Chicken paprikash is easy, classic comfort food, perfect on a chilly winter’s day. It isn’t low-calorie, especially when served over a generous helping of noodles, but it’s definitely tasty. The Boy spent some time in Hungary when he was younger and loves paprika, so this also gives him his fix. Typically chicken paprikash is full of onions, wheat flour, and lactose, and is served with wheat noodles or dumplings, but this version is gluten-free and low-FODMAP. It also contains somewhat more in the way of vegetables than the typical version, but not so much that my kids complain.
Jap chae is one of those dishes for which I like to keep the ingredients in the pantry/fridge/freezer at all times. Then, on those days when I’m lacking a plan but need something quick and tasty, I can just whip it up. The only problem is, I always underestimate how much everybody will gobble up. What looks like a generous amount of noodles in the wok always gets eaten up and I don’t end up with leftovers (I love leftovers). Oh well – I can’t complain too much about my kids eating healthy food without the usual whining.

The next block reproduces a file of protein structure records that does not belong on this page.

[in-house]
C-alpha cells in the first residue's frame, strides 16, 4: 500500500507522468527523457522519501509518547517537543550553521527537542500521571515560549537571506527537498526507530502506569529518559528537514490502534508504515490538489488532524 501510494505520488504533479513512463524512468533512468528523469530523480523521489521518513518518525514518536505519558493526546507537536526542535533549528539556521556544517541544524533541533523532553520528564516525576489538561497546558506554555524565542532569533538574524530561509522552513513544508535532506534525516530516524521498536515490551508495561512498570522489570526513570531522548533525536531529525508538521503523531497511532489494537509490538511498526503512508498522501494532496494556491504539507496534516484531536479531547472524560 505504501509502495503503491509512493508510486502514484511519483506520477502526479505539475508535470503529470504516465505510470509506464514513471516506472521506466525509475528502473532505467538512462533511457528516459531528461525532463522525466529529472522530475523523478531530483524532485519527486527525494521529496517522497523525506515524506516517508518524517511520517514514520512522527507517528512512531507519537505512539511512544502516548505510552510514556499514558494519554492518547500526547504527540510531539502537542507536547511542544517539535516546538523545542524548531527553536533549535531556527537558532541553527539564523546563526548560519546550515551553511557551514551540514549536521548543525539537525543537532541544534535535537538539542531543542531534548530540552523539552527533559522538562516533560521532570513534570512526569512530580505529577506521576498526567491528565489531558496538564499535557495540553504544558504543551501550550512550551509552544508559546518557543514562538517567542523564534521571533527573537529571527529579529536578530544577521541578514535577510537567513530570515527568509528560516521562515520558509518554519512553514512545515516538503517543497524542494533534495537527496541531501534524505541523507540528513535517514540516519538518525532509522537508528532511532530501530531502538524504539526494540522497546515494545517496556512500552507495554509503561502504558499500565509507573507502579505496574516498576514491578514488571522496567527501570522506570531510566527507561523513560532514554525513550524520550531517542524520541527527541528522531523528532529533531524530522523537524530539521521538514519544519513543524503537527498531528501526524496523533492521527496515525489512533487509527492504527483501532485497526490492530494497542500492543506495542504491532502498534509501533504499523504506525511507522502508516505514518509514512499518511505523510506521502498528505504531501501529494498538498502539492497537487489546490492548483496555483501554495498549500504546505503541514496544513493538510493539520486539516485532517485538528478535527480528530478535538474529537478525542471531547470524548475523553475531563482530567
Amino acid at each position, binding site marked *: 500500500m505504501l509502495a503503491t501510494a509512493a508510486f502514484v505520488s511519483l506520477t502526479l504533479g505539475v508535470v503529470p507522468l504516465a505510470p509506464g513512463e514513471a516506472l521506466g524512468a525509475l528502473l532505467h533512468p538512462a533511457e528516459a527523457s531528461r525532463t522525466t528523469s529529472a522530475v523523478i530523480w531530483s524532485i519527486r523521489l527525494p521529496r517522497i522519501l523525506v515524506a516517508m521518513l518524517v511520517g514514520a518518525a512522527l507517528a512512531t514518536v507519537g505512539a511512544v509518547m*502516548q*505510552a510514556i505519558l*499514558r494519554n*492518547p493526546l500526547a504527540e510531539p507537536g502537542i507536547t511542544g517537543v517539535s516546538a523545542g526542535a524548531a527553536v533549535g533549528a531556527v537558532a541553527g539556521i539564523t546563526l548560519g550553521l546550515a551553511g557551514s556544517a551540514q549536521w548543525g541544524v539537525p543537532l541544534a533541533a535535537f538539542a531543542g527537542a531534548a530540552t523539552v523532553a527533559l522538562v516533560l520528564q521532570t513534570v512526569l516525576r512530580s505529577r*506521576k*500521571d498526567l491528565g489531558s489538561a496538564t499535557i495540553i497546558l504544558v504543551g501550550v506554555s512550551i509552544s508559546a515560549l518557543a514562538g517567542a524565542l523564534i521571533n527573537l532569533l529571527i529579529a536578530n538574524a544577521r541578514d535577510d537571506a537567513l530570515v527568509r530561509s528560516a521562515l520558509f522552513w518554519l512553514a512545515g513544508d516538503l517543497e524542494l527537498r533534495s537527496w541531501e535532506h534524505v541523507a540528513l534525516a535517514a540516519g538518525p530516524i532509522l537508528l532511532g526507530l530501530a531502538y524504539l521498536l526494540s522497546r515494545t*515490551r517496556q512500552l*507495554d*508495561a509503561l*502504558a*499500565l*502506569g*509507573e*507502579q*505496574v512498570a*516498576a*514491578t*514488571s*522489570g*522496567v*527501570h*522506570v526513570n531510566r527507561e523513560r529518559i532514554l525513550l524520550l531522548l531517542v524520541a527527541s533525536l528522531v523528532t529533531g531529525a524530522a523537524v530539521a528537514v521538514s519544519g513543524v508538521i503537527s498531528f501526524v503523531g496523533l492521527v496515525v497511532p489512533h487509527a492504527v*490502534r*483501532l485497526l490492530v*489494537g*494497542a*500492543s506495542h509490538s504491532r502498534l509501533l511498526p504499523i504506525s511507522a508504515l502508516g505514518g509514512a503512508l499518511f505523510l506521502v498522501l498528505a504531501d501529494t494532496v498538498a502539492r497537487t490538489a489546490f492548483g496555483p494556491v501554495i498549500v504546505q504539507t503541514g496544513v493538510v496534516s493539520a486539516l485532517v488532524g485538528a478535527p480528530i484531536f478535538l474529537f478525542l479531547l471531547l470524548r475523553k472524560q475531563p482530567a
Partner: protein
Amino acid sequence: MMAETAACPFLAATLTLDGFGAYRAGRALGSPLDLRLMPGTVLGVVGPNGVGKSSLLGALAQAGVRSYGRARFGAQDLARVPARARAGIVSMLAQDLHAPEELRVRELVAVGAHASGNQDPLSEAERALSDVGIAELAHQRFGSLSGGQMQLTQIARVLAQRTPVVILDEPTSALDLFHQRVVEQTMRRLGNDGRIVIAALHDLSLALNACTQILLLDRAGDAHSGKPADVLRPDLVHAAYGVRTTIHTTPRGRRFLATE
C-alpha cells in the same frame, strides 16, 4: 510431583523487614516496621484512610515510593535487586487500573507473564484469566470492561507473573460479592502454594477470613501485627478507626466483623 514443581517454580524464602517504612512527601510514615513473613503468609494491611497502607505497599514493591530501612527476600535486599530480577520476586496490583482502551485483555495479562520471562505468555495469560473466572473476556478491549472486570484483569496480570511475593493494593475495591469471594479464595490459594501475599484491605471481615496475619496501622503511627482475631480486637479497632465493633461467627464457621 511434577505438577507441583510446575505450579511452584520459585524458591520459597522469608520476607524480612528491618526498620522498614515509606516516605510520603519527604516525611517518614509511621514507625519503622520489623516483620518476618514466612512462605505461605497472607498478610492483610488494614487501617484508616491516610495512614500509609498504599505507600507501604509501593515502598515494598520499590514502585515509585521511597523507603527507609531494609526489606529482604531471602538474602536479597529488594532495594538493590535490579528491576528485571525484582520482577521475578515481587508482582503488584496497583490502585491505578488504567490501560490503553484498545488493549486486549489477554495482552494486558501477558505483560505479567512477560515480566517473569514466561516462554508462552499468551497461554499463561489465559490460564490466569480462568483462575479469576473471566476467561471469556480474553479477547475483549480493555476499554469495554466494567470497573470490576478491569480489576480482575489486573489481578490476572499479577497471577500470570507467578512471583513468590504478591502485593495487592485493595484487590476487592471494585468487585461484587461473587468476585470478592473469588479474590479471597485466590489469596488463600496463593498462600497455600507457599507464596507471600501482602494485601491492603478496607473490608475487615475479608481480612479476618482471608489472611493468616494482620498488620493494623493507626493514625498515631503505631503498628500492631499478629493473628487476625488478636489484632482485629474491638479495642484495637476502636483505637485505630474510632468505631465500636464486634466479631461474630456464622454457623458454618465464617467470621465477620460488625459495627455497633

Jap chae is made with Korean sweet potato noodles, which look like thick, brownish glass noodles. (This is the brand I used.) They have a slightly sticky, chewy consistency that I really like – though this is decidedly not a dish for which you want a gluey sauce. They’re naturally gluten-free. I can’t scientifically say whether they’re low-FODMAP but I can say I’ve never had a problem with them. Although sweet potatoes are moderate in FODMAPs I would suspect making them into starch, then noodles, would probably eliminate most of the FODMAPs. Again, this is speculation. Continue reading
I’ll be the first to admit “ants climbing a tree” doesn’t sound very appetizing. Fortunately there are no actual ants in this delicious noodle dish, just tasty bits of minced pork and herbs clinging to the “trees” of noodles. My whole family, even the picky toddler, loves this dish. The only problem is, I keep making prodigious quantities expecting enough leftovers for another proper meal – and I’m lucky if I get a few noodles clinging to the pan. Oh well… there are worse problems. Continue reading